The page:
This has become a tale of two narratives, one in which trade tensions and dropping bond yields portend an imminent slow-down in the U.S and world economy and a heightened risk of recession, and a totally different tale of healthy consumer spending, low unemployment, good business confidence readings, and better than expected earnings, which support the no-recession narrative.
Complicating the recession narrative further was a positive revision on GDP on Thursday even as global bond yields moved lower in the U.S. and more negative in Europe and Japan. While our own personal belief is the recession talk may be overdone, at some point even with the U.S. economy in good shape, should the economic slowdown in Europe and China continue, the U.S. will be affected. This ideology will play a role in the Fed’s September meeting. Odds favor another rate cut as the U.S. looks to keep its interest rates in line with the rest of the developed world.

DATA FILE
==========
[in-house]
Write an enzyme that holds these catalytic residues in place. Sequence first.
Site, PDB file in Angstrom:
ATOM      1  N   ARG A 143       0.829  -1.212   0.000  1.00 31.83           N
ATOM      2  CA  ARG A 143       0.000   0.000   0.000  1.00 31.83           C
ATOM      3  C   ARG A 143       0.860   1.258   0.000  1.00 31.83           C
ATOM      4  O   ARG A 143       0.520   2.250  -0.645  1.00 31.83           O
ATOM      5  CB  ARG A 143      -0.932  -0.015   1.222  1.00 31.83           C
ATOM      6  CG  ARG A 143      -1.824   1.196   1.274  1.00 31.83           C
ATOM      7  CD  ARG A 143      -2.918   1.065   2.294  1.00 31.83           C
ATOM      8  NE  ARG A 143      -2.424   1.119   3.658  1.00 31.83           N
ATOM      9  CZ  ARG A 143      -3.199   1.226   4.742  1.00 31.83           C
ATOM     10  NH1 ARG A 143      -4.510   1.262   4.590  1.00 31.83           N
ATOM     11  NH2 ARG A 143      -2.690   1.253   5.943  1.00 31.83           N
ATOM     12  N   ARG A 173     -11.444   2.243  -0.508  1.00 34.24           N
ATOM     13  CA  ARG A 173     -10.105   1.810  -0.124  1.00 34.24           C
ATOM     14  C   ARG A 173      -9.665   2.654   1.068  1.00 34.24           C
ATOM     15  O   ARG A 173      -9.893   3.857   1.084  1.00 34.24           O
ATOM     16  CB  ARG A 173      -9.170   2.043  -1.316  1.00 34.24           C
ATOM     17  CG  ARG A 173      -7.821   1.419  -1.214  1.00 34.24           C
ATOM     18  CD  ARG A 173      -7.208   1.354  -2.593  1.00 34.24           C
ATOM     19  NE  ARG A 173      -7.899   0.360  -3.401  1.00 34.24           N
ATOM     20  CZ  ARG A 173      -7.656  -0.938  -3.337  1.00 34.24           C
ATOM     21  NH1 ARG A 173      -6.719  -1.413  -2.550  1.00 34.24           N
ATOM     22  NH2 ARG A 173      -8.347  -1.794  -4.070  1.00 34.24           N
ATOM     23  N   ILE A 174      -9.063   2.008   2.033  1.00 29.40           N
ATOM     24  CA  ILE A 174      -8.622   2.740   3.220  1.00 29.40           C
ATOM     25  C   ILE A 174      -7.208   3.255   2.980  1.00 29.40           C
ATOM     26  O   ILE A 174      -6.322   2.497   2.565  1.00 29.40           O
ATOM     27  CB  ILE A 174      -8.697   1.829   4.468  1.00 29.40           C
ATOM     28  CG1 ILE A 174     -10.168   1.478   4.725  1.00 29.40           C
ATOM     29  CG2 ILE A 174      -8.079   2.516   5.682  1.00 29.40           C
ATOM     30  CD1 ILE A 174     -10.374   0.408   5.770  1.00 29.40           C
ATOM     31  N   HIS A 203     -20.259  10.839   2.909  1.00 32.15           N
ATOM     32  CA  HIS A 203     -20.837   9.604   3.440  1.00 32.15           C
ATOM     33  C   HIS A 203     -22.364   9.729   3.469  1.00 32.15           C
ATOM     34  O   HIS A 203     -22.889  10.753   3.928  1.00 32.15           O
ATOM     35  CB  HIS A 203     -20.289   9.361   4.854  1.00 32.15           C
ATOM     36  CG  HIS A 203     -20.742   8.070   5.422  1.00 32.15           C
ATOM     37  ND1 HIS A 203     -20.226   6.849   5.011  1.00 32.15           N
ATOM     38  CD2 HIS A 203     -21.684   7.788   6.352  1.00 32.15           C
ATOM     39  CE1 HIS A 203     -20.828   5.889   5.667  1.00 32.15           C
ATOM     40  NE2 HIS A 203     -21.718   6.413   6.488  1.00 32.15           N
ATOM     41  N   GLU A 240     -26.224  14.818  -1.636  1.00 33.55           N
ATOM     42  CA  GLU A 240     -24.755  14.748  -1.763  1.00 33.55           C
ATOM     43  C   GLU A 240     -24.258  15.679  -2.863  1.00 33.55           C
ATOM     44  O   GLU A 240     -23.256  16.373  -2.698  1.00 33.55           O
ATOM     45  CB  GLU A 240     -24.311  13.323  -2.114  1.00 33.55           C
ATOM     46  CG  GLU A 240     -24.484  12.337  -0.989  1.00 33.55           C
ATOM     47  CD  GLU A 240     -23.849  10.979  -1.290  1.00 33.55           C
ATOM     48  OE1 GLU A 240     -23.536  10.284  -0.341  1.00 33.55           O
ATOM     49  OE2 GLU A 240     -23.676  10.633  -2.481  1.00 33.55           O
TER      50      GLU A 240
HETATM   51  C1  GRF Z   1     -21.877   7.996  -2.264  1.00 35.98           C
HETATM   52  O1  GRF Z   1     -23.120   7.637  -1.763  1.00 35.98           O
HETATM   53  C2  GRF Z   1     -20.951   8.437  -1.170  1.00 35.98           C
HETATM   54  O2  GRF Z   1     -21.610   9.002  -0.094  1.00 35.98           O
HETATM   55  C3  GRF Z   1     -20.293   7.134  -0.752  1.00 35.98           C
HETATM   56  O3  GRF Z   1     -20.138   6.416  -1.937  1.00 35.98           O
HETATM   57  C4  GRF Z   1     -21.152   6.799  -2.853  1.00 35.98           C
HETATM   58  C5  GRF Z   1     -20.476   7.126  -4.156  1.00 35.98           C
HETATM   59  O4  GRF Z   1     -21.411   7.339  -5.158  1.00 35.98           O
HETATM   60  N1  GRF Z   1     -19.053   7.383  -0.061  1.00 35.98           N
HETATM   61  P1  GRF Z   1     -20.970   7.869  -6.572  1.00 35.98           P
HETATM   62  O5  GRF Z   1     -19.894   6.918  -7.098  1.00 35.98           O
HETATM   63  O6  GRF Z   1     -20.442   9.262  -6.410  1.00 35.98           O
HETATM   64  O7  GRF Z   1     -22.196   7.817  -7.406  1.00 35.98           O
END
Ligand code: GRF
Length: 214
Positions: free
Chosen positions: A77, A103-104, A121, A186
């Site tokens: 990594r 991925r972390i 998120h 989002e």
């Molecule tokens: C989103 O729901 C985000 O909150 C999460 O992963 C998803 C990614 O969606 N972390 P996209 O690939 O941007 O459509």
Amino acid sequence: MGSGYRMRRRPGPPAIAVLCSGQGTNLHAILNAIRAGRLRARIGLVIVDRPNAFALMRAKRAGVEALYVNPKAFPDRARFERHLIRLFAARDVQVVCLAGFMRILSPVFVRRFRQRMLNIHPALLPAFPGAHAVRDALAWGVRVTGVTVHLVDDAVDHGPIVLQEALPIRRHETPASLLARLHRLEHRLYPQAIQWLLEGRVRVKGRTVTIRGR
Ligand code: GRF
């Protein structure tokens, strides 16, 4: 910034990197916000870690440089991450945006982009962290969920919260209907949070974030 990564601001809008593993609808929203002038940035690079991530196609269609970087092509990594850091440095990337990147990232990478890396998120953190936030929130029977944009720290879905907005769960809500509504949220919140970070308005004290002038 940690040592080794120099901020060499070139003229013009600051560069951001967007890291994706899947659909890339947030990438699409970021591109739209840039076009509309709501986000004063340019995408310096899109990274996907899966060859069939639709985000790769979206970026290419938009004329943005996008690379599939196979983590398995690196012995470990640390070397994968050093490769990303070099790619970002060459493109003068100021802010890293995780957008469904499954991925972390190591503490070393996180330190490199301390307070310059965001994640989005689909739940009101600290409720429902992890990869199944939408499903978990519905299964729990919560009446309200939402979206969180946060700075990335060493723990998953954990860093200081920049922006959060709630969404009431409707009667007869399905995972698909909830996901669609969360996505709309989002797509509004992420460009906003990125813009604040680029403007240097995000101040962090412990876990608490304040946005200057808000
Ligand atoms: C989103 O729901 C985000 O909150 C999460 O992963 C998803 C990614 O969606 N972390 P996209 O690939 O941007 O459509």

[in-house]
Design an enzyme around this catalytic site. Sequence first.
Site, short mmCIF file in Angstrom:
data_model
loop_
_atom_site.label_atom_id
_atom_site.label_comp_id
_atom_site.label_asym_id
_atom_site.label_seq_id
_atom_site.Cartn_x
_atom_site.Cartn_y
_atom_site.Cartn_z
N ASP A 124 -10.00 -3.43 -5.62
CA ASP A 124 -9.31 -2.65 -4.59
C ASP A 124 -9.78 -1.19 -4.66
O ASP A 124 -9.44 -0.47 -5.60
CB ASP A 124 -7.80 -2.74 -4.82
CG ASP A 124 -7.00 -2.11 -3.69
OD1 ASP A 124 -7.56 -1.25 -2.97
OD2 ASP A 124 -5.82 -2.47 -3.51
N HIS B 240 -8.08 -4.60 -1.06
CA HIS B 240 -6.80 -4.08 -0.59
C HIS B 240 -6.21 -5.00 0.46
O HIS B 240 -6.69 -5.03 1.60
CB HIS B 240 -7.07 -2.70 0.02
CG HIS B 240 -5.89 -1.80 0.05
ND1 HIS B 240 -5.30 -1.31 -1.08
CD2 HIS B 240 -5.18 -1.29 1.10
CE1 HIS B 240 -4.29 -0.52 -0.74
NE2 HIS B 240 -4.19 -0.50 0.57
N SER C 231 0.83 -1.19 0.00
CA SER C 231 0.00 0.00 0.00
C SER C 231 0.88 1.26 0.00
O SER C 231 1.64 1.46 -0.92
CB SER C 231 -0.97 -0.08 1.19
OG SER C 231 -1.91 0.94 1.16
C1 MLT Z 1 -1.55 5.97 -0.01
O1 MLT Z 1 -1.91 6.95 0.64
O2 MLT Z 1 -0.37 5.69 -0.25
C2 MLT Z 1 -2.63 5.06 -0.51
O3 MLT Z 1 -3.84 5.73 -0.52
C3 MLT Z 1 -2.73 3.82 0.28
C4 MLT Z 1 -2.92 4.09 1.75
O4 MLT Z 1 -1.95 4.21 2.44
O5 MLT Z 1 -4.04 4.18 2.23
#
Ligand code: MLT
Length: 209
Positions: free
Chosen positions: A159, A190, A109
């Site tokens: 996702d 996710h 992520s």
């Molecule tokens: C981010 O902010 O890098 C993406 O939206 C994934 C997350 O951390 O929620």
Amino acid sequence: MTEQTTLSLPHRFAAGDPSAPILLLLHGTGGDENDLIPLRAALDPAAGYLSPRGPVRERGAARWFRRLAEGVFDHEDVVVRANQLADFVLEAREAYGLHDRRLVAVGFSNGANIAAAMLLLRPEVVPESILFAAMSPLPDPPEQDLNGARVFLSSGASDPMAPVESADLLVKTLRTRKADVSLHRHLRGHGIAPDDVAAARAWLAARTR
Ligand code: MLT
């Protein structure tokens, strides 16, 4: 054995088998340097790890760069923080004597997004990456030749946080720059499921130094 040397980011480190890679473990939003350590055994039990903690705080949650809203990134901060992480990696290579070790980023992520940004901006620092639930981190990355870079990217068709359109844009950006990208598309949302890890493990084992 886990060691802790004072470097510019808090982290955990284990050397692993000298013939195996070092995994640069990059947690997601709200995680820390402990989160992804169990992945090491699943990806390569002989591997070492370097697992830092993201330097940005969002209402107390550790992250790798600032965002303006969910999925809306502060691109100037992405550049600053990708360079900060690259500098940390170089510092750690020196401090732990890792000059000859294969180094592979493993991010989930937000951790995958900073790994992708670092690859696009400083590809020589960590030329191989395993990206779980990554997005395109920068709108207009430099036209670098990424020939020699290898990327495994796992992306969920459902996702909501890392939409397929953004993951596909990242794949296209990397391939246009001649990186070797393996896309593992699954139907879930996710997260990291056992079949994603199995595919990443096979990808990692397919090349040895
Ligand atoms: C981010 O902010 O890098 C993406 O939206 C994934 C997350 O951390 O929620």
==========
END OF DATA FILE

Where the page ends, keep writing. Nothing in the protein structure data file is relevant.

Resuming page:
Mortgage activity has picked up big-time as rates have returned to near historic lows. While the high-priced coastal housing market remains sluggish, we are optimistic the current low rate environment will motivate on the fence buyers.
The drop in monthly payments from refinance transactions will also benefit the economy as more money will be freed up for the purchase of other goods and services. Given our belief about the resilience of the U.S. economy in conjunction with where interest rates are at the moment, it is hard to argue against locking-in purchase and refinance transaction as these levels. However, as evidenced by central bank policy in Europe and Japan, rates could go even lower or even negative in today’s world.